What You Should Know About The Economy In Reno And Sparks

Posted by Jackie Latragna on Tuesday, March 29th, 2022 at 7:32pm

Source: Dickson Realty

Published on February 22, 2022 by Beau Keenan

The economy in Reno and Sparks has grown significantly over the last decade, and it’s had a significant impact on the people, businesses, jobs, and communities in the greater Northern Nevada region. And while this growth has benefited the economy with robust, evolving industries and greater personal wealth, it has also raised critical questions about city infrastructure, workforce turnover, and housing affordability.

These are all questions Dickson Realty addressed during its annual Economic Summit, where Brian Bonnenfant, the Project Manager for the Center for RegionalStudies at the University of Nevada, served as one of the keynote speakers. With his in-depth knowledge, Bonnenfant shared insight about Northern Nevada’s economic development efforts, the housing industry, and what to expect in the future.

“We grew faster than we realized,” Bonnenfant said. “We need more housing supply and more people, but our cost of living could prevent people and businesses from moving here.”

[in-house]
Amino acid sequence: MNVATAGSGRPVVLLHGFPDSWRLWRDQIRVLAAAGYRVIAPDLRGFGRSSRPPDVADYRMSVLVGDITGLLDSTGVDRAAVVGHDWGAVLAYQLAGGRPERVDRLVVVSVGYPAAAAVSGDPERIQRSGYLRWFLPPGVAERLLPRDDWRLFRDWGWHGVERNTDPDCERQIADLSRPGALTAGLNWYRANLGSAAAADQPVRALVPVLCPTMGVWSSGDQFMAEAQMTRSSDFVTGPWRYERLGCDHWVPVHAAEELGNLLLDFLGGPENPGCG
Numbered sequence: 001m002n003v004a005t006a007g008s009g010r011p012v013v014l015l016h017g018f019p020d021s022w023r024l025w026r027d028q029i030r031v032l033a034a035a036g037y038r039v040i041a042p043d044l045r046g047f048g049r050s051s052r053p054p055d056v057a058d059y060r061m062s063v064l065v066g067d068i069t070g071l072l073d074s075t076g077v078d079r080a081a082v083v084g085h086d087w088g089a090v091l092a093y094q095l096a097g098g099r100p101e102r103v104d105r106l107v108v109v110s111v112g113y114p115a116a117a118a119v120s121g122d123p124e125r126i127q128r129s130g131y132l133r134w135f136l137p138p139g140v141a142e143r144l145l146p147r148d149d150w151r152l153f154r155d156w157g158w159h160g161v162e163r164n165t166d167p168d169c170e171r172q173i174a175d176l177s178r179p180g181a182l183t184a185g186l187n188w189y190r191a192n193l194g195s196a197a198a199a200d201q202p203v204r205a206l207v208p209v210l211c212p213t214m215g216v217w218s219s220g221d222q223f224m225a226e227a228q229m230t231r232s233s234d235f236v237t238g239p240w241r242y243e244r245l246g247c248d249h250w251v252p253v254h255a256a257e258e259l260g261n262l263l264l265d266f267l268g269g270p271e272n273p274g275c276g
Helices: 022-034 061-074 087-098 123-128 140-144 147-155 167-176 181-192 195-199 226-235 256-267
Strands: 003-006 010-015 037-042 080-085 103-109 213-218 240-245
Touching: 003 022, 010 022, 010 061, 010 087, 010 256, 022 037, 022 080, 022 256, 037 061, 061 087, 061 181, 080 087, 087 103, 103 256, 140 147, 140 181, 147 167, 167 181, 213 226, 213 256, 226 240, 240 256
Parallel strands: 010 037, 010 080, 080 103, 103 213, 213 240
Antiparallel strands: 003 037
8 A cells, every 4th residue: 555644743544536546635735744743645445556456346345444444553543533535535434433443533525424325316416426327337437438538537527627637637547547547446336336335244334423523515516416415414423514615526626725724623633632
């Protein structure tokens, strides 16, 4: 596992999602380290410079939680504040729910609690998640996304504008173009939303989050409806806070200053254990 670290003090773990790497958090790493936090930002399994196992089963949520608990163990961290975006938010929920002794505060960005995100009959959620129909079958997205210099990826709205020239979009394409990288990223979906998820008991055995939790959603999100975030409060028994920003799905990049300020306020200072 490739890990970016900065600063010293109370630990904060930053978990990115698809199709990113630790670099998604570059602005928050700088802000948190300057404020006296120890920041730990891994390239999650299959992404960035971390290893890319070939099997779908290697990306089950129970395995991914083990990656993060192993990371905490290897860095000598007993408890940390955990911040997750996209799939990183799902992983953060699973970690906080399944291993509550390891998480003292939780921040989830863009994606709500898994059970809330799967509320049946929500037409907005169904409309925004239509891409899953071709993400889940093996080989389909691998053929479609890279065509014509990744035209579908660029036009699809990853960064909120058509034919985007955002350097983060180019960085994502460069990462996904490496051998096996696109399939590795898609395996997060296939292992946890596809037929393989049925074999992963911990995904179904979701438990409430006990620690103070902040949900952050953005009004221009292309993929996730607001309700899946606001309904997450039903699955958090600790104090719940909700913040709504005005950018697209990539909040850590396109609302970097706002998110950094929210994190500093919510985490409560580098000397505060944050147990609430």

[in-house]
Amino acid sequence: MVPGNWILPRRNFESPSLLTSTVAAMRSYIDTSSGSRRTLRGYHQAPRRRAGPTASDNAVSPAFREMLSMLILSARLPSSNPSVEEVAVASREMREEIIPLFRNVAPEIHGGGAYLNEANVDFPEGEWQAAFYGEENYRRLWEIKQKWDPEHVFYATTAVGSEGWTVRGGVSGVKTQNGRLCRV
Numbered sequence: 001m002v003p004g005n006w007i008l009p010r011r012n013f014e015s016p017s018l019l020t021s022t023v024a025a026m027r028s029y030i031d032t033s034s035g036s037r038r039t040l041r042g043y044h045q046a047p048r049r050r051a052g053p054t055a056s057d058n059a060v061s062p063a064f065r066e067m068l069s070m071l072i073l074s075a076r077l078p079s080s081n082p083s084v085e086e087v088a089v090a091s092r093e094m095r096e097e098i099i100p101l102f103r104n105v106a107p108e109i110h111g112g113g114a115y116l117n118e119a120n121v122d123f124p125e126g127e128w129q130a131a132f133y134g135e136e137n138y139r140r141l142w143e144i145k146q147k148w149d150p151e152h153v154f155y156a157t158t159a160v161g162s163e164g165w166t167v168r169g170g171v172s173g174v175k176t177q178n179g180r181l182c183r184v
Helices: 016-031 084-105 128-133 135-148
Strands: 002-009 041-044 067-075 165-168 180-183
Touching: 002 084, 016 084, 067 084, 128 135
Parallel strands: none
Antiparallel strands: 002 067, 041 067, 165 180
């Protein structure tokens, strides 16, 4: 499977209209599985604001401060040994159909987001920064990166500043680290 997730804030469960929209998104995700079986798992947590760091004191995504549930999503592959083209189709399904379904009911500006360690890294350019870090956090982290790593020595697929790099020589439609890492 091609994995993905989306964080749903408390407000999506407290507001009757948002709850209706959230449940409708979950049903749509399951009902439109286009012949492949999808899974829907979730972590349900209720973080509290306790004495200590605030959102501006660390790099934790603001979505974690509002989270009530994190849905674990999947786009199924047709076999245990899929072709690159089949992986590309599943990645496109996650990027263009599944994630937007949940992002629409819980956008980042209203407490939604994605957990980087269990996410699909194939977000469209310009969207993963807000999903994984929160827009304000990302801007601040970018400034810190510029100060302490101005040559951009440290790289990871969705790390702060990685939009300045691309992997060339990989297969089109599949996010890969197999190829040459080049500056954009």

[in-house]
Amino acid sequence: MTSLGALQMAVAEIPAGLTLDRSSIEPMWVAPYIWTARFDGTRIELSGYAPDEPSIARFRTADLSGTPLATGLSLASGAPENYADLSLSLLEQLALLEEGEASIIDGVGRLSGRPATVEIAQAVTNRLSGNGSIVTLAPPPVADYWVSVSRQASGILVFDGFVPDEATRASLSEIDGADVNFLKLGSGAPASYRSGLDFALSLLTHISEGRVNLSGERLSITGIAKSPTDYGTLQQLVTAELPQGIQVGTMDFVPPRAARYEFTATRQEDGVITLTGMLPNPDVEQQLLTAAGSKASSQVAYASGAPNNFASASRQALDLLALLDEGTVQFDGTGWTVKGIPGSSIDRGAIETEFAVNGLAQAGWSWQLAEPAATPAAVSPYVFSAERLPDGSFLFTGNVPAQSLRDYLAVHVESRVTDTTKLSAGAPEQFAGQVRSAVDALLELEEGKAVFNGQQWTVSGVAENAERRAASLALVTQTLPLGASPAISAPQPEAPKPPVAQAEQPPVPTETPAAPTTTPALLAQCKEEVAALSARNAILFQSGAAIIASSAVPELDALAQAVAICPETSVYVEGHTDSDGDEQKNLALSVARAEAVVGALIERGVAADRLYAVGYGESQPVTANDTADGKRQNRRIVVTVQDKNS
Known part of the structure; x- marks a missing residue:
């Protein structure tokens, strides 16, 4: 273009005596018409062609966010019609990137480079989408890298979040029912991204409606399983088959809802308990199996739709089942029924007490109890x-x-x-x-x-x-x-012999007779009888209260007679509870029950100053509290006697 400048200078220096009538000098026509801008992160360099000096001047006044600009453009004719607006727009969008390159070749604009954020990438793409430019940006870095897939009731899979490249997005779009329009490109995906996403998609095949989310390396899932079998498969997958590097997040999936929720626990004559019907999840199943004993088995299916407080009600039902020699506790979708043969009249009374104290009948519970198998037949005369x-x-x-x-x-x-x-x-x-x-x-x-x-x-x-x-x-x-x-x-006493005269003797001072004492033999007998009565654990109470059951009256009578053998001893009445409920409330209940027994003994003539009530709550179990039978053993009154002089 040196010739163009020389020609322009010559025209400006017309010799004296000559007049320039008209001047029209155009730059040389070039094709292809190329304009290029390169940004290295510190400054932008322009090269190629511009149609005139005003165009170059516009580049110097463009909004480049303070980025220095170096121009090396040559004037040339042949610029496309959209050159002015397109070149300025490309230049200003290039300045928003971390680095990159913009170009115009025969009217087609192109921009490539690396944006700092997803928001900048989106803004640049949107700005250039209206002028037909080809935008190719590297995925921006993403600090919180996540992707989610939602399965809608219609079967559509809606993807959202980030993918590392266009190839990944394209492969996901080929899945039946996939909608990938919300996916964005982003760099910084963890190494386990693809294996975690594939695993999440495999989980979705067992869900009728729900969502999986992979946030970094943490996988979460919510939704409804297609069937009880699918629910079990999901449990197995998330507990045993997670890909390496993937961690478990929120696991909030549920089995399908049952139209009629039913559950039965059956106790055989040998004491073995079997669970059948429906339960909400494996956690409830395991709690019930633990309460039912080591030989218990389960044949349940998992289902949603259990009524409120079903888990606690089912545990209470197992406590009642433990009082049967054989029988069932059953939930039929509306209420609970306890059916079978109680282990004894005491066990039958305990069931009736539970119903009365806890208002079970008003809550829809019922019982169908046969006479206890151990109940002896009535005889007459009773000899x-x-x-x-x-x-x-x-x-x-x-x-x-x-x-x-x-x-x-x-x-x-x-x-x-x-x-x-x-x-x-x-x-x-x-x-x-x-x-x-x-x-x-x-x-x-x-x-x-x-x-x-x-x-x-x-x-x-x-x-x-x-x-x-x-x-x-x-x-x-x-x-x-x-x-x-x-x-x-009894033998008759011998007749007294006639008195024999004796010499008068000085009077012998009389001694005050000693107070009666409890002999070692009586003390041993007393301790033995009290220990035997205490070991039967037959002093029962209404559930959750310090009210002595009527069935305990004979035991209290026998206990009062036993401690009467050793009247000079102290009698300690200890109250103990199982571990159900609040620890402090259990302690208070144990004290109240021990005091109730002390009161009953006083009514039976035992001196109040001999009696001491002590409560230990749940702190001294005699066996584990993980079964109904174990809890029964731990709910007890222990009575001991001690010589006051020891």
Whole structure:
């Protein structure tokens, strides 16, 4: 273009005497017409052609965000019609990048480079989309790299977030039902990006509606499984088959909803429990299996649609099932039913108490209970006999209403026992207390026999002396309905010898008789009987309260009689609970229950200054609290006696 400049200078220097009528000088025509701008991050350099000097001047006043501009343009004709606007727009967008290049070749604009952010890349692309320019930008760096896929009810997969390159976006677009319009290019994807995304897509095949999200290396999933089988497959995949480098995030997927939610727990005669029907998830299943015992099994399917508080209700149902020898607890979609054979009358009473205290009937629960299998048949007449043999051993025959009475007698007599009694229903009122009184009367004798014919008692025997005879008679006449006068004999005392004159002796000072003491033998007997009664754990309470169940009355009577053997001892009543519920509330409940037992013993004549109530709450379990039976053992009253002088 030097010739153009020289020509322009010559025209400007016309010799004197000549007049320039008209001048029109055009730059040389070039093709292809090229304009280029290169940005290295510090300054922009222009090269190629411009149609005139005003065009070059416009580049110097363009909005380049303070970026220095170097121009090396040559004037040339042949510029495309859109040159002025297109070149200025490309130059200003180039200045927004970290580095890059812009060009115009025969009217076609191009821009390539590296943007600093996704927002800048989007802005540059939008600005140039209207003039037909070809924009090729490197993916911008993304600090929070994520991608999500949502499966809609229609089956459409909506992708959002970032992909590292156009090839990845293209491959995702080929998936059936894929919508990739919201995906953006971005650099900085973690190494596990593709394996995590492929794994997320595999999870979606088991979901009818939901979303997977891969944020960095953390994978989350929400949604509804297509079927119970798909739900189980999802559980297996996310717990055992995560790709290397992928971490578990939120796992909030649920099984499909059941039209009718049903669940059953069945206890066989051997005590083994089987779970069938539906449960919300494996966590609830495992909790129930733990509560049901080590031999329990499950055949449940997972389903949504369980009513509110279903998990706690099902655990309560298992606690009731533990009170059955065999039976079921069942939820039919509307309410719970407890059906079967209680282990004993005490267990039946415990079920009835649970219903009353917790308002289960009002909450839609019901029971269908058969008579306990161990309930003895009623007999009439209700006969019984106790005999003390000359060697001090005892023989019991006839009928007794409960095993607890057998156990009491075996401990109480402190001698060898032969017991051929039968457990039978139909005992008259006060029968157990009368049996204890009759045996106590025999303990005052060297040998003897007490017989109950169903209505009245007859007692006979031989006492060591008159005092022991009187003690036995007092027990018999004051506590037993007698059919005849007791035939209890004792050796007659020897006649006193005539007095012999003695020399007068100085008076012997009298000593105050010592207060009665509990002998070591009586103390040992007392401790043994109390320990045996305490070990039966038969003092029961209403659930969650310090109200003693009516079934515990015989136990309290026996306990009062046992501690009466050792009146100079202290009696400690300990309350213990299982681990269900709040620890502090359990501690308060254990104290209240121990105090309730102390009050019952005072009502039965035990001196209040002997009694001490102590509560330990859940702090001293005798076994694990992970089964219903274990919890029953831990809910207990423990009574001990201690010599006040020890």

With rising interest rates and global factors coming into play, there isn’t a quick-and-easy solution to ease Northern Nevada’s growing pains. Bonnenfant talked about focusing on the housing gap, or the “missing middle,” and how to expand decades of economic growth across the region. To learn more from Brian’s presentation, keep reading.

 

6 Things You Need To Know About The Economy In Reno/Sparks And How It Affects The Housing Market

If you’re thinking about moving to Northern Nevada, or you already live here and want to have an informed dinner conversation, we’re sharing what you need to know about the economy in Reno/Sparks and where it’s headed.


1. Industry Matters For The Homes You Can Buy

As the economy in Reno and Sparks continues to attract new jobs and businesses to the Northern Nevada region, housing prices have increased as well, and home affordability has become top-of-mind for many of the cities’ residents.

Bonnenfant explained that the higher housing prices have most significantly impacted lower-income single earners, especially those in leisure and hospitality.

“Many people in these industries can no longer afford attached or detached units for sale, and they are forced to rent,” Bonnenfant explained.

In Q4 2021, the median sales price for a new single-family home reached $576,000. This record high for the region has created an affordability issue for a large percentage of Reno’s workforce, pushing 14% entirely out of the market.


2. Higher Income In Areas Of Job Growth